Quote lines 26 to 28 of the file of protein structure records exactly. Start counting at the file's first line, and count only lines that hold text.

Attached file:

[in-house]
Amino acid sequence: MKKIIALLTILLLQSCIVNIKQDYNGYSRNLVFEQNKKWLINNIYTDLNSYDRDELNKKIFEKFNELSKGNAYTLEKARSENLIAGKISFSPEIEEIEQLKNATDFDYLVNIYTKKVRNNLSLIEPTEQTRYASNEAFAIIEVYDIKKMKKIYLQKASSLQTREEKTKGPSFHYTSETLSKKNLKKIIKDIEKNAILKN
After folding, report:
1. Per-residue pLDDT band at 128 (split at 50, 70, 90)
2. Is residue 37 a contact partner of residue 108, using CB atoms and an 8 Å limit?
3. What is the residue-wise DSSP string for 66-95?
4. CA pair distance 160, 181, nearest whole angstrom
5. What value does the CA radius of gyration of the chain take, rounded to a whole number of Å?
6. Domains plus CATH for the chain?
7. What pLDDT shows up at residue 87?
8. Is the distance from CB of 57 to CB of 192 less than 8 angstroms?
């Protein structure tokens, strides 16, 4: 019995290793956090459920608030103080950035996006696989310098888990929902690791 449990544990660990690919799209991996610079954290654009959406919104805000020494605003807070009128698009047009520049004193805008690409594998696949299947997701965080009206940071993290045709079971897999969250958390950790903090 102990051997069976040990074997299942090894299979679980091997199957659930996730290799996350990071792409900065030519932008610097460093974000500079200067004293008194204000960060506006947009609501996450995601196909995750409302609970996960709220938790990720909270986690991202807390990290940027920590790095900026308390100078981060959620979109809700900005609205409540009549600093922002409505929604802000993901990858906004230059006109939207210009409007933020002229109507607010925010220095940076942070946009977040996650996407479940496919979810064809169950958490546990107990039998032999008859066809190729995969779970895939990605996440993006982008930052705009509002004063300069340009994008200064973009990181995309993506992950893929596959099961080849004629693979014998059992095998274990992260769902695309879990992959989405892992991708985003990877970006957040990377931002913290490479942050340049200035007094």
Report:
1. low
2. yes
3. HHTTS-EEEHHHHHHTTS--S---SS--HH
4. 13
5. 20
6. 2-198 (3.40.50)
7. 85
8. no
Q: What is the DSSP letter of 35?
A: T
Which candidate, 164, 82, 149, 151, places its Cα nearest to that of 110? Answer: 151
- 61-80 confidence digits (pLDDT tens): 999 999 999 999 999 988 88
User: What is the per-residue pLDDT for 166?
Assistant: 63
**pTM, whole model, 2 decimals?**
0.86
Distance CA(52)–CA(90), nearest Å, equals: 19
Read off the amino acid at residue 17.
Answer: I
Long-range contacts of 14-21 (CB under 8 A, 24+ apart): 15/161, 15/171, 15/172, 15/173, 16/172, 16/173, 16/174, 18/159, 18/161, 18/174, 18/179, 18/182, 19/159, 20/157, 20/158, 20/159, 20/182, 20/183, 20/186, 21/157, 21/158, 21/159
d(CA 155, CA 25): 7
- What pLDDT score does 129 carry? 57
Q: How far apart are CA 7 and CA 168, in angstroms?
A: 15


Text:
User: What is the per-residue pLDDT for 166?
Assistant: 63
**pTM, whole model, 2 decimals?**